Tuesday, December 06, 2011
REVIEW: I'd Tell You I Love You, But Then I'd Have To Kill You by Ally Carter
Reviewed by Carrie from Teabelly
I wasn’t expecting to overly like I’d Tell You I Love You, But Then I’d Have Kill You by Ally Carter. I mean, just look at that title. It was going to be silly and cheesy and I probably wouldn’t like the characters all that much, but maybe it’d be a cute enough way to pass the time. Oh I do like being wrong about books.
I’d Tell You I Love You is set in the world of the Gallagher Academy. On the outside it’s a private school for over privileged girls, on the inside you have to be careful what you touch, lest poison gas suddenly erupts from a statue. See, the Gallagher Academy is a school for spies. Cammie ‘The Chameleon’ Morgan is in her third year and about to take Covert Operations. Cammie’s mother is the headmistress of the school, also a spy, and they came here after Cammie’s father died during a mission. Cammie is known as The Chameleon due to her uncanny ability to disappear in plain sight.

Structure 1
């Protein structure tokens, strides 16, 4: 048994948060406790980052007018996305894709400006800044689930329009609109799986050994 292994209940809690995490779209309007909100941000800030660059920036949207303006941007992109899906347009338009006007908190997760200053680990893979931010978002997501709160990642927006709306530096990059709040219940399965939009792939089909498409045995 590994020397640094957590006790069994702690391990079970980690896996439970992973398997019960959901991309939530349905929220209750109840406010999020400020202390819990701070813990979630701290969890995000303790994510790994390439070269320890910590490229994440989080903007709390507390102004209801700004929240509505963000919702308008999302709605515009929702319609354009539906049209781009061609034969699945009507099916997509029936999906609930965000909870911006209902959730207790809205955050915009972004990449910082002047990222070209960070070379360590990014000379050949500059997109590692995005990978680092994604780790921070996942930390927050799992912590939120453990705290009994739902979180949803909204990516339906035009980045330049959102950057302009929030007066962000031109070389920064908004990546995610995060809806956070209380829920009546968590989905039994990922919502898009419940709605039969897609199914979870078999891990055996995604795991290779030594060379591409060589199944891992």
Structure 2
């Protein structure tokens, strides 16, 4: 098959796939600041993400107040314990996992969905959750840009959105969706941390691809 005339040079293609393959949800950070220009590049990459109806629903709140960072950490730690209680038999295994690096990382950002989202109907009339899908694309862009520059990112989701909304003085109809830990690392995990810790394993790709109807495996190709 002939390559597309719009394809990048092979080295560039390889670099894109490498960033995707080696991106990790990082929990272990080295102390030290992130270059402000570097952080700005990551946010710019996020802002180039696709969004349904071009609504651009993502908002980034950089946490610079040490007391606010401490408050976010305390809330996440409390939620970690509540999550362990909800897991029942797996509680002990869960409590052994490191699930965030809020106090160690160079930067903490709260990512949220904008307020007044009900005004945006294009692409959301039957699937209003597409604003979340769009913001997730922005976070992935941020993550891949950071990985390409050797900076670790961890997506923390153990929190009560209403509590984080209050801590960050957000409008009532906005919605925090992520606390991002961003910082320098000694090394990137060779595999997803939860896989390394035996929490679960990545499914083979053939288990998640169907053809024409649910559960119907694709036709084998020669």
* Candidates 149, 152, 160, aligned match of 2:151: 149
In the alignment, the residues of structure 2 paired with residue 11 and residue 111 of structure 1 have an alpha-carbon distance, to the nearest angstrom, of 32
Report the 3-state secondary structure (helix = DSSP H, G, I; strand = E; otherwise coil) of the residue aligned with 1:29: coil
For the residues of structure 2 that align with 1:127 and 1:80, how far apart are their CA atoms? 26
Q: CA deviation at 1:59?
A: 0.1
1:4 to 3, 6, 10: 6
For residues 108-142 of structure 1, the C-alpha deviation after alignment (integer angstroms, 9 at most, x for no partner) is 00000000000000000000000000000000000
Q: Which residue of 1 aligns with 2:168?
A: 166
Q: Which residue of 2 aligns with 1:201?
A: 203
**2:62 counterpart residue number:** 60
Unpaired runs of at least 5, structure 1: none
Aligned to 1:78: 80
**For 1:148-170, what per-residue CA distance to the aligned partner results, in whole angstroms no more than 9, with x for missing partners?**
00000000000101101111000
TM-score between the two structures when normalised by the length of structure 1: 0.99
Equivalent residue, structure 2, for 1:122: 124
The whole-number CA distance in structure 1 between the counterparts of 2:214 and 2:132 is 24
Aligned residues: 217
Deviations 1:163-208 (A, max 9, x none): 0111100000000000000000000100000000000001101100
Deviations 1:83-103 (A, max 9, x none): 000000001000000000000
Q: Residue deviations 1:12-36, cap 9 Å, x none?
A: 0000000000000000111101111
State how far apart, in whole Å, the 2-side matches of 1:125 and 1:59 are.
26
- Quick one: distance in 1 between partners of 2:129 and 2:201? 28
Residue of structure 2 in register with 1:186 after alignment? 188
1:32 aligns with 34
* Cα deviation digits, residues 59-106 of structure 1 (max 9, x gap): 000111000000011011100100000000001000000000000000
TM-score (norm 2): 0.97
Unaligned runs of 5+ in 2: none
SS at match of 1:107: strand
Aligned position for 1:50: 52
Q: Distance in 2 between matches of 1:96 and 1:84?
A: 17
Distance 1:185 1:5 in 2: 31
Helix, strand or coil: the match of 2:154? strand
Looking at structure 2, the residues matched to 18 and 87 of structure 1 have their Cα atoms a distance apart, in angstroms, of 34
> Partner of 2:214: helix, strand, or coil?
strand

On her first mission for covert ops, Cammie meets Josh, an ordinary boy from the town near to where the Academy is based. Of course, Josh can never know who Cammie really is, but she likes him and, more importantly, he seems to like her. Cammie’s friends Liz and Bex decide to do a background check on Josh, to see if he’s not actually been sent to infiltrate the Academy though Cammie. And hijinks ensue. Hijinks including Liz and Bex abseiling down the side of Josh’s house while he’s right there under their noses, and intricate plots to help Cammie go on dates.
This book is incredibly good fun, it had me chuckling quite a lot over what Cammie and her friends got up to, and I loved all the characters. Cammie narrates as if she’s writing a report on a mission, and there are fun notes dropped in like ’18.30 hours: The operative realised it’s almost impossible to look pretty and/or seductive if you SERIOUSLY have to go pee.’ Cammie is funny but also smart, and loyal to her friends. She’s also hurting after the loss of her father and starting to realise the effect this has had on her and her mother. And also how dangerous spying can be. Is a life in the field really what she wants? Josh is a part of her escape from that life, if only for a little while.
Even though it’s a book about teenage spies, the things that happen to the girls are relatable. I also like that a new girl appears on the scene, but that storyline doesn’t go where you necessarily thought it would. For a book about girls living in close quarters, there are very few ‘bitchy’ moments, and mostly they’ve got each other’s backs. As you would expect from spies I suppose. Still, it’s always nice to see books that don’t go the easy or obvious routes. I’d definitely recommend this one, and will happily continue with the series.
Thank you for that Carrie!